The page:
Bruce T. Fraser, executive director of the Rural Schools Association of New York, knows of possibly five other superintendents throughout the state who are managing two small, rural districts apiece this year, but he’s not convinced it’s a panacea.

“I have worked with both Mike and Roger, and they are outstanding superintendents, but they are each stretching to see if they can make this work in two districts, and with the extreme demands placed on them with the state’s major reform agenda, they are under a great deal of pressure,” Fraser said. “They are both extremely hardworking and I worry about their health … We tell schools, if you have to consider this for budget reasons, make it your last option, not your first.”

Fraser said his group is organizing a conference next month in Auburn where both Klatt and Wendt are scheduled to speak about sharing districts “and people can hear from the practitioners about what might be good about this and about their concerns, too.”

Barker and Roy-Hart

Roy-Hart School Board President Patricia Riegle said that so far, her board has been pleased with the arrangement and that Klatt has been “very accessible.”

“We will probably start discussions with the Barker School Board to evaluate the first half of the school year and make our decision around April or May” as to whether to continue the shared arrangement, Riegle said.

“We didn’t make this decision overnight,” she explained. “We had had experience with sharing the football program with Barker, and that had gone very well. This was well- thought-out. You have to look at the size and location of the two districts – a lot of characteristics must be examined to determine whether it’s appropriate for one individual to oversee two districts and for it to be a success. ”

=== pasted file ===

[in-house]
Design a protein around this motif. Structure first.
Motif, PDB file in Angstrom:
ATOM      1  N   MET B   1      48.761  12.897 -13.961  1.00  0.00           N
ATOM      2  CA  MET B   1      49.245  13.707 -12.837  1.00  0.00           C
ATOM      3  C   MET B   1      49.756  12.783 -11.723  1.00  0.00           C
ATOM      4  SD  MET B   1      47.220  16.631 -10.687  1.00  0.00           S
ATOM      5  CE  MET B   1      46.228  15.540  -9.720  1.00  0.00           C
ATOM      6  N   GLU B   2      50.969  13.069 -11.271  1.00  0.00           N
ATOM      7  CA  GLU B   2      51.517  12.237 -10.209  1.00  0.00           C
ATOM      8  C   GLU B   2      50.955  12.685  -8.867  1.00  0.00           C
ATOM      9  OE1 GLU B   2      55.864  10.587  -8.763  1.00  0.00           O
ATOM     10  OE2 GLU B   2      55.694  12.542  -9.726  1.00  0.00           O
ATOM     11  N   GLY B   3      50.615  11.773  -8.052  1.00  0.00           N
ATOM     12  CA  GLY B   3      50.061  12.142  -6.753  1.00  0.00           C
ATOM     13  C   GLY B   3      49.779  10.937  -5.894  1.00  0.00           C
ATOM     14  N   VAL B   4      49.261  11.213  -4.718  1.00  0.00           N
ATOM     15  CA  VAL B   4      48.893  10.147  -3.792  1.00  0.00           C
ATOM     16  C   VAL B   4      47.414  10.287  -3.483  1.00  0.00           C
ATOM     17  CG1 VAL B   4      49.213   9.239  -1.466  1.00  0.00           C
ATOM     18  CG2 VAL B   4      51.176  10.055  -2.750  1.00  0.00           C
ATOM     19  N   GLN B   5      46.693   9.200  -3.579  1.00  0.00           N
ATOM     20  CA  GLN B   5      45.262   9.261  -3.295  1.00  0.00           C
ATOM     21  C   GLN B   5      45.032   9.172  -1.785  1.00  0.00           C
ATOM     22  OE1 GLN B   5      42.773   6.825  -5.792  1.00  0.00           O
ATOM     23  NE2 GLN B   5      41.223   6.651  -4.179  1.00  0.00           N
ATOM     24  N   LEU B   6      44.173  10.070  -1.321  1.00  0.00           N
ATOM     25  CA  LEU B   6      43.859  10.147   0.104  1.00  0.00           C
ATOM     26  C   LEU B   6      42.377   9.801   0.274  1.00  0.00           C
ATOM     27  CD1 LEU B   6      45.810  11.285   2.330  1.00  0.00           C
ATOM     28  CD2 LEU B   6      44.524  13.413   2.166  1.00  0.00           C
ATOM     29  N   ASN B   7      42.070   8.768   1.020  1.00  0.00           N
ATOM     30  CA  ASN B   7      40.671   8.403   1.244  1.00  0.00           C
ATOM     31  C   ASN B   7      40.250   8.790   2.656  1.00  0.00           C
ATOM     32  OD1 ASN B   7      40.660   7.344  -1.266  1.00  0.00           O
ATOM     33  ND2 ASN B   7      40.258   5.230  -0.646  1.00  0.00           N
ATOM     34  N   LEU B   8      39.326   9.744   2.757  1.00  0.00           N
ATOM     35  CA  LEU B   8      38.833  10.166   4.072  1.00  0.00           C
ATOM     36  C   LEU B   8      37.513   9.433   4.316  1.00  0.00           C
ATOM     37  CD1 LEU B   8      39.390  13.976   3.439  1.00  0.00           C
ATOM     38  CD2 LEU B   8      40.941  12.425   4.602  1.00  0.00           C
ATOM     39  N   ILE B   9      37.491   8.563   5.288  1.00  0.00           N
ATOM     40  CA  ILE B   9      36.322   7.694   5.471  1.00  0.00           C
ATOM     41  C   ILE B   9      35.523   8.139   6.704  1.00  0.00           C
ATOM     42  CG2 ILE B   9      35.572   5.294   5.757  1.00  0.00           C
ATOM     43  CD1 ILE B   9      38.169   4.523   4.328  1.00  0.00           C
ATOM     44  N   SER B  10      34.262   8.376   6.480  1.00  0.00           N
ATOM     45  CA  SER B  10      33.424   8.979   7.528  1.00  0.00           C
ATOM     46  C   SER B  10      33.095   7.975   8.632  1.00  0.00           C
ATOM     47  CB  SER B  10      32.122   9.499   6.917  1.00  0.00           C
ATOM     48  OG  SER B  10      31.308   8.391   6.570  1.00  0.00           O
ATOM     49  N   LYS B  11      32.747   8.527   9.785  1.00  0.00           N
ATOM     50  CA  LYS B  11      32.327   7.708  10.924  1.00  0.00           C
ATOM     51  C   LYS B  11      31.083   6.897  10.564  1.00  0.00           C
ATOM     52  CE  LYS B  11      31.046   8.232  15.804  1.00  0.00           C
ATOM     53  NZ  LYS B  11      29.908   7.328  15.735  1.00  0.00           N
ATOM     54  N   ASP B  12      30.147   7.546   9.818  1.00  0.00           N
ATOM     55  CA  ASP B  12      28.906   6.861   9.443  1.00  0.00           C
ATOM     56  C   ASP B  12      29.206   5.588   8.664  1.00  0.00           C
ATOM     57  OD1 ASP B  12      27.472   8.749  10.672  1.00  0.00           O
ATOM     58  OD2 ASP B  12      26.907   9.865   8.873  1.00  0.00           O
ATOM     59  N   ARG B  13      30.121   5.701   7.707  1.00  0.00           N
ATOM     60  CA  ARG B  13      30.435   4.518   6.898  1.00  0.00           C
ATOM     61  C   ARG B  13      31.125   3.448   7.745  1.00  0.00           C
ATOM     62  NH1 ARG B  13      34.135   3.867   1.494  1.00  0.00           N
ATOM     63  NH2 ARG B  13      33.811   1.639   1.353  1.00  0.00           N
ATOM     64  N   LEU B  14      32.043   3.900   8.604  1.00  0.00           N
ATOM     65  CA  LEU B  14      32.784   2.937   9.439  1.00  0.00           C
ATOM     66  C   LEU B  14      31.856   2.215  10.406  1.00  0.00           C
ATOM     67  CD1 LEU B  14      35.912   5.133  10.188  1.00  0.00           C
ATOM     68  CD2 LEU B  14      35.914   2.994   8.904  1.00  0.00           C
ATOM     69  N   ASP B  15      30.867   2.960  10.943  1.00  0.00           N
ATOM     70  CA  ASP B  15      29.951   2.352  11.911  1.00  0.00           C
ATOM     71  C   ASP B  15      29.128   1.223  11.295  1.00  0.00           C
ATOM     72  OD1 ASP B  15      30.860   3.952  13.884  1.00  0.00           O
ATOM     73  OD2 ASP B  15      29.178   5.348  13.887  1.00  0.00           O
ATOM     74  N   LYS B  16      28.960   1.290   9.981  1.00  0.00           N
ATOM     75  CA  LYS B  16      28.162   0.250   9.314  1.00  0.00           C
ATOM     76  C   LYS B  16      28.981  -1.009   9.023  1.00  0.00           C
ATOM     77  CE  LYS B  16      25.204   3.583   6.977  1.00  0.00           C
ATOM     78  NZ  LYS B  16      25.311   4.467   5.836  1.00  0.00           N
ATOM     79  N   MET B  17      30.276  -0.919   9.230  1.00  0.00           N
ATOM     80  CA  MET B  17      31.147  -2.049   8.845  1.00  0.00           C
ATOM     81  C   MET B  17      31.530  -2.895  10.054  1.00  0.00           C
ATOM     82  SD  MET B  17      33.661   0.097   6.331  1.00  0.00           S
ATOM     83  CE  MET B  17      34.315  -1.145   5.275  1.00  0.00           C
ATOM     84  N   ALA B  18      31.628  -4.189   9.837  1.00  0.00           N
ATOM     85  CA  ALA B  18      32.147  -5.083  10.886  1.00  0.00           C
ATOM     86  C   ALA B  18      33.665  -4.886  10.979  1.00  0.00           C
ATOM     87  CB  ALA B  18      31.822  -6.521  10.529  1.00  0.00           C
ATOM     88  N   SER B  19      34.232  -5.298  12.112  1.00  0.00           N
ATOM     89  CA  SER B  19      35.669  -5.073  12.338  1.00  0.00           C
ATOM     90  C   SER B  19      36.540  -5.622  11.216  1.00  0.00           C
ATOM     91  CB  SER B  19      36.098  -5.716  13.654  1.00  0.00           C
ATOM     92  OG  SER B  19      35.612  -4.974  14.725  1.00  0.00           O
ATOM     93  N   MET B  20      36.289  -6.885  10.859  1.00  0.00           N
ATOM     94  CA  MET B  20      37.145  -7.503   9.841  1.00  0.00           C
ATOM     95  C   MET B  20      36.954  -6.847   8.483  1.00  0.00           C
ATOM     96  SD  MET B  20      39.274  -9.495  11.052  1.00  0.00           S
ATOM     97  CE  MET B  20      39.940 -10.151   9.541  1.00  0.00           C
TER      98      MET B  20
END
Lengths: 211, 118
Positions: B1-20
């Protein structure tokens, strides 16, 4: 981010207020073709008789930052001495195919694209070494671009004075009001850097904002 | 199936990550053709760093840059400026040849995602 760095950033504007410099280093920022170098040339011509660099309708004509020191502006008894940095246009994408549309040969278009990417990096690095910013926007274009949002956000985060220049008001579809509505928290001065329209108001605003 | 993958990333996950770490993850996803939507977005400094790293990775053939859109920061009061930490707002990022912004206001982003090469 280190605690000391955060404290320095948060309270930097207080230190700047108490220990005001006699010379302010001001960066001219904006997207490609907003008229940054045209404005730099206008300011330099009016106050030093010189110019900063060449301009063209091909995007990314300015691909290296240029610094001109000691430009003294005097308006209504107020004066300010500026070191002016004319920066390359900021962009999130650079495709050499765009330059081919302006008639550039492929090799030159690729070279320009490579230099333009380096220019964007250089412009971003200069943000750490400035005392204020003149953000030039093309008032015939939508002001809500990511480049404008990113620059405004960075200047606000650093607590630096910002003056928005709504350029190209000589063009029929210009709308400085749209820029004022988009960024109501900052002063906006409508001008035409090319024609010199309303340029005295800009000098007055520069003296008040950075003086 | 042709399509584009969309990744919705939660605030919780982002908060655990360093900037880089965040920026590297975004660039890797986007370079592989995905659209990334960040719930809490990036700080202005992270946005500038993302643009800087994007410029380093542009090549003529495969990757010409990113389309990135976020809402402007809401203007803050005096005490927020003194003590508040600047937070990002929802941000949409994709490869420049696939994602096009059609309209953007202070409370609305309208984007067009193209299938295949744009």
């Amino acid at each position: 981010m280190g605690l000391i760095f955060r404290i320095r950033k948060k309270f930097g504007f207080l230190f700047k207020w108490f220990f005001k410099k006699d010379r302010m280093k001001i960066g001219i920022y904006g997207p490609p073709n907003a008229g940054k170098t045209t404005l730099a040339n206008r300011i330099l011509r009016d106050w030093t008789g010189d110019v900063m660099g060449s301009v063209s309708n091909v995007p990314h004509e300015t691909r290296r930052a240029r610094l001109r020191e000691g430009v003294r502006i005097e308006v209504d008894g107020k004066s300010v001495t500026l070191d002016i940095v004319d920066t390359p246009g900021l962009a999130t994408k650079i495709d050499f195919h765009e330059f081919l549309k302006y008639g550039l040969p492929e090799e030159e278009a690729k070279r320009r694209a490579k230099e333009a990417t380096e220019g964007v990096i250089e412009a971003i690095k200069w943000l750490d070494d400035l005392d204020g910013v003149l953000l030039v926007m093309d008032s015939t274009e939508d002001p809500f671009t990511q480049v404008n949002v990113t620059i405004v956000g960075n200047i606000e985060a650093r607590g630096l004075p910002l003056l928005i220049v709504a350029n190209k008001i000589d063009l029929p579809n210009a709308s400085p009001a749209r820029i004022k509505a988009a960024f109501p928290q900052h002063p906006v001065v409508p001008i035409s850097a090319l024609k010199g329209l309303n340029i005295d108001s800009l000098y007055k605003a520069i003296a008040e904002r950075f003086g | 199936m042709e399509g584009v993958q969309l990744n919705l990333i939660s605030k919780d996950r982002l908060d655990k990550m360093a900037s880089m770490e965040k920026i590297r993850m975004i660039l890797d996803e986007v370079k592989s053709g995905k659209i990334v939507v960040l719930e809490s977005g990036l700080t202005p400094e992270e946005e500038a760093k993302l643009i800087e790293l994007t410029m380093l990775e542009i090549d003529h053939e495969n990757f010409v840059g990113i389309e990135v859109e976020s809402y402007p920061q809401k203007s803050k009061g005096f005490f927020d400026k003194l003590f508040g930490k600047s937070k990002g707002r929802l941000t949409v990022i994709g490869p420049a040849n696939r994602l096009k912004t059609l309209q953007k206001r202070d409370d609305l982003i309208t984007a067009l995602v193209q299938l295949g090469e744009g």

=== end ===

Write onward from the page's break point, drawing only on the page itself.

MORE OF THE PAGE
Randy Atwater, a member of the Barker School Board since 1988 and current president, said the decision to share Barker’s superintendent with Roy-Hart “was certainly driven by financial considerations.”

“We’re unique in Barker in that there has been a drop-off in the payment-in-lieu-of-taxes agreement with AES Somerset that necessitated that we find some creative ways to make our money go further,” he said. “The timing worked well for Barker as well as for Roy-Hart, because, from our standpoint, we have an experienced management staff, and Dr. Klatt is in a stable situation to give this a try. It’s a little too early to pass judgment on it, but we believe it’s been running smoothly.”

Atwater maintained that sharing superintendents may be preferable to merging rural districts with rising costs and shrinking populations “because of the sheer distance between districts. Sharing superintendents seems to be the logical way to approach the situation.”

He added: “These are interesting and challenging times, with the implementation of the Common Core and teacher assessments. But we just had a board retreat, and we left feeling positive about the things going on in our district.”

Wilson and Newfane

That description of leadership is echoed in Wilson, where School Board President George Waters described Wendt as “really sharp, with such a hard-work ethic instilled in him because of his agriculture background.”

“I’ve known Mike as long as he’s been in the Wilson schools,” Waters said. “He always goes above and beyond his duties as a superintendent and is always a champion for rural schools.”

Wendt said he’s learned a lot from juggling the two jobs.

“But there is no way I could do this without a great staff at both districts,” he said. “I’m tired. I’m wiped out. But I knew I would be coming in. Long-term, I don’t think this is sustainable, unless you have a different management model.”